“So go ahead, and lock me up. Take my children. Take my wife. Freeze my assets. Seize my crops. Search my office. Ransack my house. Cancel my insurance. Auction off my business. Hand over my lease. Assign me a number. Inform me of my crime. Too short, too dark, too ugly, too proud.”
The world of Berkeley, California, 1942, is painted with an alarming placidity. Julie Otsuka’s liquid prose gives the first scenes of her book the amber-suspended timelessness of a heat-stunned Sunday afternoon. The air is thick with silence as faceless beings go about their business. An unnamed woman in glasses reacts to a sign she sees at the Post Office, jots down a few things, and goes home to pack up her house. The woman is faceless, and mostly silenced, but we see jagged glimpses of her appearance, through the eyes of others – her children, her fellow sufferers, her memory.
The emotionally devoid narrative voice parallels the lean and barren landscape of the Utah desert at which eventually the woman, her son, and daughter arrive. Topaz interment Camp, the temporary resting place for those disenfranchised by Evacuation Order Number 19, is a dried out lake bed populated with tarpaper shacks and white alkaline dust, a place filled with nothing but absence, nothing but loss. The sometimes startling shifts of Otsuka’s sentence length seem like the regular irregularity of the days she describes; three years and five months governed by bells, filled with an extraordinary sameness, while at the same time jarringly, blindingly wrong.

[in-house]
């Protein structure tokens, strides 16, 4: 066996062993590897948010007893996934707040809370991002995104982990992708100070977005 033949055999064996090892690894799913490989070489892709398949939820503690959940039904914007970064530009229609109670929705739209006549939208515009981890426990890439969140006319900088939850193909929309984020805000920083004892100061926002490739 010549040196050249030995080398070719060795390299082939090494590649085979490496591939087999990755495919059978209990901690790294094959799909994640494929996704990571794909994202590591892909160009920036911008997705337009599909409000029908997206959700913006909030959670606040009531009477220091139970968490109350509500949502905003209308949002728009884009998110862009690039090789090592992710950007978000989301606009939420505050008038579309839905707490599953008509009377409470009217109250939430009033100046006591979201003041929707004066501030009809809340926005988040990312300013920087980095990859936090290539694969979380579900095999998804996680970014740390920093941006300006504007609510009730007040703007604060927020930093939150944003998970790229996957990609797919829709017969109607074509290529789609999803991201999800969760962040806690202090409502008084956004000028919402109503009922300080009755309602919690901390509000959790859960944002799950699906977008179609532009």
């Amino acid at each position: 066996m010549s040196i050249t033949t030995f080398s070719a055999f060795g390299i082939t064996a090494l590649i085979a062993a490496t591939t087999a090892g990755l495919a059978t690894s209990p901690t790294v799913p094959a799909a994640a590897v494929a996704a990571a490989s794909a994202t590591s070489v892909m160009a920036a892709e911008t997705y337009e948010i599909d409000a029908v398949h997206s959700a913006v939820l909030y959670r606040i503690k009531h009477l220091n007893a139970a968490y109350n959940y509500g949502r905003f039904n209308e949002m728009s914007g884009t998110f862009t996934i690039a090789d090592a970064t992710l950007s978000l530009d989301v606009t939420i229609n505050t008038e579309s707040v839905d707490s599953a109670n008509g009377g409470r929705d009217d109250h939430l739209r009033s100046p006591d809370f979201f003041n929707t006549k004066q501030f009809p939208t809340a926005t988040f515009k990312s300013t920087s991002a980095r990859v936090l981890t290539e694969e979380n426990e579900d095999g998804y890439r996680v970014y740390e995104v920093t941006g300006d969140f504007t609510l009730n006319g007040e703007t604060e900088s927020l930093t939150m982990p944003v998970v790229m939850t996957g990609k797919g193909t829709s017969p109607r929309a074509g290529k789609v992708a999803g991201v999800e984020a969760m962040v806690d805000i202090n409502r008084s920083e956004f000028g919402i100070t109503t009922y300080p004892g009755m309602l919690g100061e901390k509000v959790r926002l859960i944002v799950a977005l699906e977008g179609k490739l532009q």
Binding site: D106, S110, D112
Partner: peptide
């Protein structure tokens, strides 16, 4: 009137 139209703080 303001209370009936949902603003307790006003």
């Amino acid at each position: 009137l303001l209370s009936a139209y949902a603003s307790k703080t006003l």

This book is being read by some high school freshman in Hayward, California, and though the protagonist in this book is a 41 – year-old mother of two, the bleakness seeping from the thoughts of the ten-year-old daughter, who is herself an adolescent by the end of the interment, recommend it as an important read for young adults. While the more typically assigned Farewell to Manzanar in listed as a young adult book exploring the themes of the Japanese interment, Otsuka’s book describes a camp where much less went on in terms of cheerleading, youth culture, and fun. Contrasted with Yoshiko Uchida’s Journey to Topaz which is intended for much younger readers, Otsuka’s terse descriptions of the necessary heartlessness of the mother, the sense of betrayal, the confusion and withdrawal of the children, together with their empty homecoming to a racist neighborhood, create a darkly empathetic novel, showcasing the casualties of war, which include loss of civility, integrity, and Constitutional rights.
“Too short, too dark, too ugly, too proud,” reads Otsuka’s indictment of those of Japanese ancestry by their American counterparts. A bitter legacy of a prejudiced nation, Julie Otsuka’s When the Emperor Was Divine is a novel of eloquent relevance today.